Contra Costa County Health Services released a press release this morning (May 16) reporting that the homeless population has increased 30 percent since the COVID-19 pandemic began. The annual homelessness survey draws attention to the lack of affordable housing and the collateral impacts the COVID-19 pandemic has had on the community. There are approximately 3,093 people staying in shelter beds across the county in 2022, compared to 2,295 in 2019.
With inflation currently on the rise, renters in Contra Costa County need to earn an hourly rate of $37.54–which works out to an annual wage of around $78,000–to afford the county’s average asking rent of $1,952 according to California Housing Partnership May 2021 Report. Unfortunately, the county is short more than 27,000 units of affordable housing units compared to the need.
Contra Costa Supervisor John Gioia said in the press release, “The county has worked hard to increase shelter beds and interim housing, providing housing vouchers and other resources to help people who lose their housing get back on their feet. What we need – and what we are working hard to bring about – is more permanent housing with supportive services which is priced within the economic reach of ordinary working people.”
GRIP remains a key partner of the county, providing meals and services for those increased numbers.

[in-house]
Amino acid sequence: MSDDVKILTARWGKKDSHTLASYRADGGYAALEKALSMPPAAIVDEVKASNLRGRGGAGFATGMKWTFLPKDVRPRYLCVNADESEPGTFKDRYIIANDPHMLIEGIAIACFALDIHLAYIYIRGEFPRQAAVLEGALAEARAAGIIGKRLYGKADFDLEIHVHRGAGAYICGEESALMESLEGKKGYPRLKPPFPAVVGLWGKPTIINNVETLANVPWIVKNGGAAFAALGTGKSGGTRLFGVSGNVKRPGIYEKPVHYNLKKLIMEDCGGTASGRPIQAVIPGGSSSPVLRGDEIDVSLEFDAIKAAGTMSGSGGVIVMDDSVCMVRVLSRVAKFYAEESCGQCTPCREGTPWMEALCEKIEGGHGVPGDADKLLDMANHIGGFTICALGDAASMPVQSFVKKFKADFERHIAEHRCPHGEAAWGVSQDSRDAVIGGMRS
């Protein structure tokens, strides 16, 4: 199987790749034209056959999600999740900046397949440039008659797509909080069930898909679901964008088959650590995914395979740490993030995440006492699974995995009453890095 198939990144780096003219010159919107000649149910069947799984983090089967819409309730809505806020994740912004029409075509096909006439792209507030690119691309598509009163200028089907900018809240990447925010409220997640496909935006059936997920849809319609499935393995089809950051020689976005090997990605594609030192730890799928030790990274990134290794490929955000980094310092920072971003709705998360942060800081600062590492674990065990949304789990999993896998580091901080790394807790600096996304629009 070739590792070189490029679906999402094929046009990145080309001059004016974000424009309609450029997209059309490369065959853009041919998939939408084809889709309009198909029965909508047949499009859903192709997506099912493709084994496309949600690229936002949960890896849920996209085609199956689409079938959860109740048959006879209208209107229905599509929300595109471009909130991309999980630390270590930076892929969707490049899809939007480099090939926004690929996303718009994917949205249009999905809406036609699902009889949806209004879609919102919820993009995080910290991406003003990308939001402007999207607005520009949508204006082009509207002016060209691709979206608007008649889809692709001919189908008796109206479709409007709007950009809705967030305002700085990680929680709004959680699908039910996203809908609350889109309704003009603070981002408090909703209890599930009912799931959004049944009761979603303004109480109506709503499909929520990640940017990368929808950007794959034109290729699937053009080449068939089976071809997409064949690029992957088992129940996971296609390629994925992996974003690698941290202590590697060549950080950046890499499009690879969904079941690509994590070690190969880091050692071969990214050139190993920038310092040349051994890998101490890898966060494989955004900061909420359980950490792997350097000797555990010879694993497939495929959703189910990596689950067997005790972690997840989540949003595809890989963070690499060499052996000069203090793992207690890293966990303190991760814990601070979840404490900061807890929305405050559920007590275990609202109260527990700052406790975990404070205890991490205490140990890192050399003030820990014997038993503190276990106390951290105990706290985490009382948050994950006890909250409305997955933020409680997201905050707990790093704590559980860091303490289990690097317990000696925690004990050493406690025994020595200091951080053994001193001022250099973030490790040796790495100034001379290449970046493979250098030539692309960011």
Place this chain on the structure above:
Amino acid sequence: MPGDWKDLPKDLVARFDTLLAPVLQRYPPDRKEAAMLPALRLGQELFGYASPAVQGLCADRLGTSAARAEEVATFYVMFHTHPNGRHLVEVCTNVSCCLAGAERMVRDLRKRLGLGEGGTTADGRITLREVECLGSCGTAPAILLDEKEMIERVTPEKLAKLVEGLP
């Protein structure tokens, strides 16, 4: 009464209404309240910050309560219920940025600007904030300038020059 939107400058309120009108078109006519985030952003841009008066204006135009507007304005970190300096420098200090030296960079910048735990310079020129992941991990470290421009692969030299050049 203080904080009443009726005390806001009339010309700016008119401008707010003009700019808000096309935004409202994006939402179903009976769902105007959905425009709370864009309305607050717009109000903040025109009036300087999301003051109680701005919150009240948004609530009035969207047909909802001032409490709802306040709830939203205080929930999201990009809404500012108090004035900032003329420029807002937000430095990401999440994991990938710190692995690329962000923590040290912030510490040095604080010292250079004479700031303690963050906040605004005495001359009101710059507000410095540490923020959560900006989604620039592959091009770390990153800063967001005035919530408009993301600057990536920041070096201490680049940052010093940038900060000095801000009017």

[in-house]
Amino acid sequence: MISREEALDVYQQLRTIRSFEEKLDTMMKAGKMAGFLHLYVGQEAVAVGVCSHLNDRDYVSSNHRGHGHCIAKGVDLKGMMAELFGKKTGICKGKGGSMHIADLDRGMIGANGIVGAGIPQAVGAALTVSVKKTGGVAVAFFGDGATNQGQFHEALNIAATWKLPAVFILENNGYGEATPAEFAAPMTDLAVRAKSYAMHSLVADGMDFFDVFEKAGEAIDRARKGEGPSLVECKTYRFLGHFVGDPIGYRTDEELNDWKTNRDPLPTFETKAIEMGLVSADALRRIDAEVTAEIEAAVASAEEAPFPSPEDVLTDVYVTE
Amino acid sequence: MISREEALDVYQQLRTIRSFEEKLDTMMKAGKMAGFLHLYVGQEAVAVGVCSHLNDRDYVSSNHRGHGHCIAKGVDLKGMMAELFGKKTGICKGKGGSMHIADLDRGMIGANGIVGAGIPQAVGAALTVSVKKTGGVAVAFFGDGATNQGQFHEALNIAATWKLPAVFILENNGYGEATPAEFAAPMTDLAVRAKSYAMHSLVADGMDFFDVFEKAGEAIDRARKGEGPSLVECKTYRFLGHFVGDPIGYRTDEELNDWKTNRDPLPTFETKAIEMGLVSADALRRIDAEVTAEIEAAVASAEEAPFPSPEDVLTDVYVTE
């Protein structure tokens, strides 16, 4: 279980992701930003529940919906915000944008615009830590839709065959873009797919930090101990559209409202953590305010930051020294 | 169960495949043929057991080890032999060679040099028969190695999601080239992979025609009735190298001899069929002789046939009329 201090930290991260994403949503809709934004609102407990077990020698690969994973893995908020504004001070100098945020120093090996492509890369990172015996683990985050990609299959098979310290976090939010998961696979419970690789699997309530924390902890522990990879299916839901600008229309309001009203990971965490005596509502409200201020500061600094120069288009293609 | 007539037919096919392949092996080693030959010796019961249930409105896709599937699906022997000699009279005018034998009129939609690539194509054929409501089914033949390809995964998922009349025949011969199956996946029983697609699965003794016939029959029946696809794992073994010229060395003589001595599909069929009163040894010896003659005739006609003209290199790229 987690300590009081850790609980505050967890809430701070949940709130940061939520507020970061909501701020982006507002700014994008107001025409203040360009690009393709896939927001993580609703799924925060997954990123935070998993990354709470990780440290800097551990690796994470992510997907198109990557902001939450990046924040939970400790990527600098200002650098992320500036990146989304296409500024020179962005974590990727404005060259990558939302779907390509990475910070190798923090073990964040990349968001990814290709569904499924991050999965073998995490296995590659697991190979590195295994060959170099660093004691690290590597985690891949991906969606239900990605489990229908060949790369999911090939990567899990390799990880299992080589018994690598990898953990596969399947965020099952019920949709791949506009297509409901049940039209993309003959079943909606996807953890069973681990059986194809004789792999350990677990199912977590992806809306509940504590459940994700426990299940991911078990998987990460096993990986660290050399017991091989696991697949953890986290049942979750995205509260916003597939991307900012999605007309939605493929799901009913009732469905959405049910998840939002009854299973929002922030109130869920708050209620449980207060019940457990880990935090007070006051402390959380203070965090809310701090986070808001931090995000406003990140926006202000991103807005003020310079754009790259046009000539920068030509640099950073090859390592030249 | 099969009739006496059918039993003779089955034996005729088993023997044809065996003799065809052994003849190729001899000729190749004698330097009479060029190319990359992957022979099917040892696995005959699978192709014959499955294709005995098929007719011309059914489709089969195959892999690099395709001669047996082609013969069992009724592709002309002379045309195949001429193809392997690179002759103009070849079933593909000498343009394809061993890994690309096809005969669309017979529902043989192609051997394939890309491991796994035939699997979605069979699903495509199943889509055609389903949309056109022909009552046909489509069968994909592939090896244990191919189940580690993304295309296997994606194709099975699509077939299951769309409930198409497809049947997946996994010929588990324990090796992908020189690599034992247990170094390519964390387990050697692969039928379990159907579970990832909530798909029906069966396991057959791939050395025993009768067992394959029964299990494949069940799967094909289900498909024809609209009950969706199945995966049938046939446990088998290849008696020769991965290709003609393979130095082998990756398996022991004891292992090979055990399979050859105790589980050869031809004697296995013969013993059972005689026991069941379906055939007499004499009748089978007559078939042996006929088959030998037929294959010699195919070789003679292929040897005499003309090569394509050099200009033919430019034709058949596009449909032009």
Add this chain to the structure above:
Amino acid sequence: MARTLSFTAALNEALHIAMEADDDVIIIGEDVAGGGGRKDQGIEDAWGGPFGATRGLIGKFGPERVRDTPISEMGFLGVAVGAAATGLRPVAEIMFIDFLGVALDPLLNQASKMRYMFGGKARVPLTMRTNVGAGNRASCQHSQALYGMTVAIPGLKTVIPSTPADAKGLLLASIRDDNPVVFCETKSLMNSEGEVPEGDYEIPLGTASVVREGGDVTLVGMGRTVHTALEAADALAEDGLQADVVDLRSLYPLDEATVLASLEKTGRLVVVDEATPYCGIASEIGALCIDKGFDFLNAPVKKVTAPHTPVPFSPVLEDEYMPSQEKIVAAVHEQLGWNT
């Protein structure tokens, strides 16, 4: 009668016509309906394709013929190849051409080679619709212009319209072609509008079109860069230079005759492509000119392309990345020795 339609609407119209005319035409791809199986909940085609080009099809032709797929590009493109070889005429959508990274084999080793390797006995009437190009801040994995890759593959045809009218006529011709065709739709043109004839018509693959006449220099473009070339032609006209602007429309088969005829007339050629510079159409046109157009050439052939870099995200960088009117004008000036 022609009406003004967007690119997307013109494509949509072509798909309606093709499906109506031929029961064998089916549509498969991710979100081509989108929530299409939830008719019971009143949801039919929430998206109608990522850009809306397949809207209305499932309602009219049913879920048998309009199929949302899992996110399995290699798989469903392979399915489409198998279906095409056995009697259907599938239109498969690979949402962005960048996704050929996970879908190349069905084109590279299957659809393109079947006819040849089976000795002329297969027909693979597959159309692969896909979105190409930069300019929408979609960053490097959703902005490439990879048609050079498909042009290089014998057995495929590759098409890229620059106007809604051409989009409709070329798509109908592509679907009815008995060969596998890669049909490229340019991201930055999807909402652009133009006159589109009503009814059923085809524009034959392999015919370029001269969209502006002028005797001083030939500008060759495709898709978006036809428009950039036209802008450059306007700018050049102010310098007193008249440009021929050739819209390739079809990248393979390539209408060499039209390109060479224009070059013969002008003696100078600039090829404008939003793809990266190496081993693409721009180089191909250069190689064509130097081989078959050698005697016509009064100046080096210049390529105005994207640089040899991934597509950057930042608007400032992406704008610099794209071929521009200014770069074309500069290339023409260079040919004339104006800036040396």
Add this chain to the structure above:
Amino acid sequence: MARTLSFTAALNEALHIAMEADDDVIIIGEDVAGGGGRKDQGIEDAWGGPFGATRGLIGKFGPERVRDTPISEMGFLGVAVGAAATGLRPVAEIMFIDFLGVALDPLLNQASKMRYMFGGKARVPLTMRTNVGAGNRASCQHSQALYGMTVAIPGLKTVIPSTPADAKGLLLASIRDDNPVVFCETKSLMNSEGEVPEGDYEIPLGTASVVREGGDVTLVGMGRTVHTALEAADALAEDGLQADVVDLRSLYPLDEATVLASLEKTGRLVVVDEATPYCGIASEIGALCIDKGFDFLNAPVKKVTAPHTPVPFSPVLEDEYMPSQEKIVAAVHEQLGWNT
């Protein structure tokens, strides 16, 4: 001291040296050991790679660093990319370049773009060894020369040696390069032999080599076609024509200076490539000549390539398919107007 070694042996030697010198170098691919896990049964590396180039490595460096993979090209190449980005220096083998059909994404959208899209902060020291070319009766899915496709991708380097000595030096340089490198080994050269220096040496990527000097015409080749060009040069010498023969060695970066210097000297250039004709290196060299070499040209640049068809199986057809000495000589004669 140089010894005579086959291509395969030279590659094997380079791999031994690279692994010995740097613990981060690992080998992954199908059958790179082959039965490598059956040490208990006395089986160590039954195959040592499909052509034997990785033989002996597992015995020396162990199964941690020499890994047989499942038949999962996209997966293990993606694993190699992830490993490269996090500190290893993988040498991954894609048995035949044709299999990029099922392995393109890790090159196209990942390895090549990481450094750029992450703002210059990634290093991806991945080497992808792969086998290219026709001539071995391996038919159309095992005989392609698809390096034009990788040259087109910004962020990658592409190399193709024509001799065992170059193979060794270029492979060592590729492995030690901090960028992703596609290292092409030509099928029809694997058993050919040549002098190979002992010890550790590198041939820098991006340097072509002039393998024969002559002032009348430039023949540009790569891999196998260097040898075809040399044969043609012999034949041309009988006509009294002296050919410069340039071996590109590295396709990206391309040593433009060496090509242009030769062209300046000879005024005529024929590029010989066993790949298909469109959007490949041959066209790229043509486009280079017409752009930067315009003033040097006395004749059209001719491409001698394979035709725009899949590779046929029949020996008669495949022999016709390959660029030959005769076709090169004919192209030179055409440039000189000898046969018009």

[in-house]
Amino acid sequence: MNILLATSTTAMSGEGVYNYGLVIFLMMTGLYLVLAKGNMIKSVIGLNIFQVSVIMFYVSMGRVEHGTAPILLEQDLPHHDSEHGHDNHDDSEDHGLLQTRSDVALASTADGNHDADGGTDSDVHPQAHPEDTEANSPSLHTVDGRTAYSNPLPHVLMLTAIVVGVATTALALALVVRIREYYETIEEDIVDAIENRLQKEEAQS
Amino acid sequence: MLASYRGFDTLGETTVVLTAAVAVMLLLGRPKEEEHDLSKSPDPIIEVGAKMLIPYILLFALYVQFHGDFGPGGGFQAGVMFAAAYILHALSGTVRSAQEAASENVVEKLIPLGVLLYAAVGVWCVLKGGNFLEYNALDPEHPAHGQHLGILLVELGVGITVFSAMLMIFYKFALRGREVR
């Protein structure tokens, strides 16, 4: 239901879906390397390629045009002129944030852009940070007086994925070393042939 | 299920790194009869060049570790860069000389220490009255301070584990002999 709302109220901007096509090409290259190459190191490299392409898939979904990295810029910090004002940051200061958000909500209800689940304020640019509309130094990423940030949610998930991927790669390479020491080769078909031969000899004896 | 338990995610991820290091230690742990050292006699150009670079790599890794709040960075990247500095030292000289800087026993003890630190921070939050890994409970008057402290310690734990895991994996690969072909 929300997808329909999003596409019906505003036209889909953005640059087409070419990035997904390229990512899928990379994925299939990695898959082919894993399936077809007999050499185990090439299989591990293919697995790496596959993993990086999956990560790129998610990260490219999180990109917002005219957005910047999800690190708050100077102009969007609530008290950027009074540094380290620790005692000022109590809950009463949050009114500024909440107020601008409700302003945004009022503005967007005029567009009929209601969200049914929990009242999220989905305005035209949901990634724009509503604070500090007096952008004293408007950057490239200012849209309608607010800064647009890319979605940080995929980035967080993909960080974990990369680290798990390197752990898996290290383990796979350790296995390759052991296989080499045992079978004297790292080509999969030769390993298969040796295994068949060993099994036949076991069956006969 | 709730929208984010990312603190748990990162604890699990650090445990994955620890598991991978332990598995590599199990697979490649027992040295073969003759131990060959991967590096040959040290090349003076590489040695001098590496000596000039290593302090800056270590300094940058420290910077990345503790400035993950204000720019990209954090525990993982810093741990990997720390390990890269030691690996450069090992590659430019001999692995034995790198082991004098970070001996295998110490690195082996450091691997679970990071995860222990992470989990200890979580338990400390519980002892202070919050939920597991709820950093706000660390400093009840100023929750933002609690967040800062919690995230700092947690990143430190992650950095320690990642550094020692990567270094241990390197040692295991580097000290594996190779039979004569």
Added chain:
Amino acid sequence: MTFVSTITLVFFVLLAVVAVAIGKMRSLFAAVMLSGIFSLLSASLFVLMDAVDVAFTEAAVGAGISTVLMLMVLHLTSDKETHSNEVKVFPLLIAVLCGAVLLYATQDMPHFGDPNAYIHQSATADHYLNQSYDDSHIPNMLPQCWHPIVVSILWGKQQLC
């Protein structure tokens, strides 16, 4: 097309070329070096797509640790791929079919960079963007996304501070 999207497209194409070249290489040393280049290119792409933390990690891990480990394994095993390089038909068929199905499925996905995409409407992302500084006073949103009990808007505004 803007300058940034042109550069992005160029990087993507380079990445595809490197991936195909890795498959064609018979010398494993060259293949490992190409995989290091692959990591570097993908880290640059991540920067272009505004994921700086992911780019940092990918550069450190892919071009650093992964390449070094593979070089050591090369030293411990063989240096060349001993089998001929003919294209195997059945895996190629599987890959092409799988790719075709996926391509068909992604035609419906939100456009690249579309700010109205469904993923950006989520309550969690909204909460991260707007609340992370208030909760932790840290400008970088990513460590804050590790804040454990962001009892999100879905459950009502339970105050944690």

Housing activists say non-profits like GRIP kept the numbers from becoming far, far worse.
“Bay Area governments and nonprofits played deep defense on homelessness during the pandemic and we have more or less held the line—but now we need to go on offense and end the suffering on our streets” said Tomiquia Moss, Founder and CEO of All Home, a regional organization dedicated to ending homelessness and housing insecurity for people with extremely low incomes. “It’s time to double down on what’s working.”
County supervisors established the Local Housing Trust Fund with $10 million from Measure X, which will work on the construction and preservation of affordable housing.
The Greater Richmond Interfaith Program (GRIP) is a homeless shelter in Richmond and we aim to alleviate homelessness in the community by providing services and temporary housing to the homelessness population.
For decades, GRIP’s mission has evolved from a small community food pantry to a multiservice agency, which serves 15,000 homeless, hungry, and low-income consumers annually.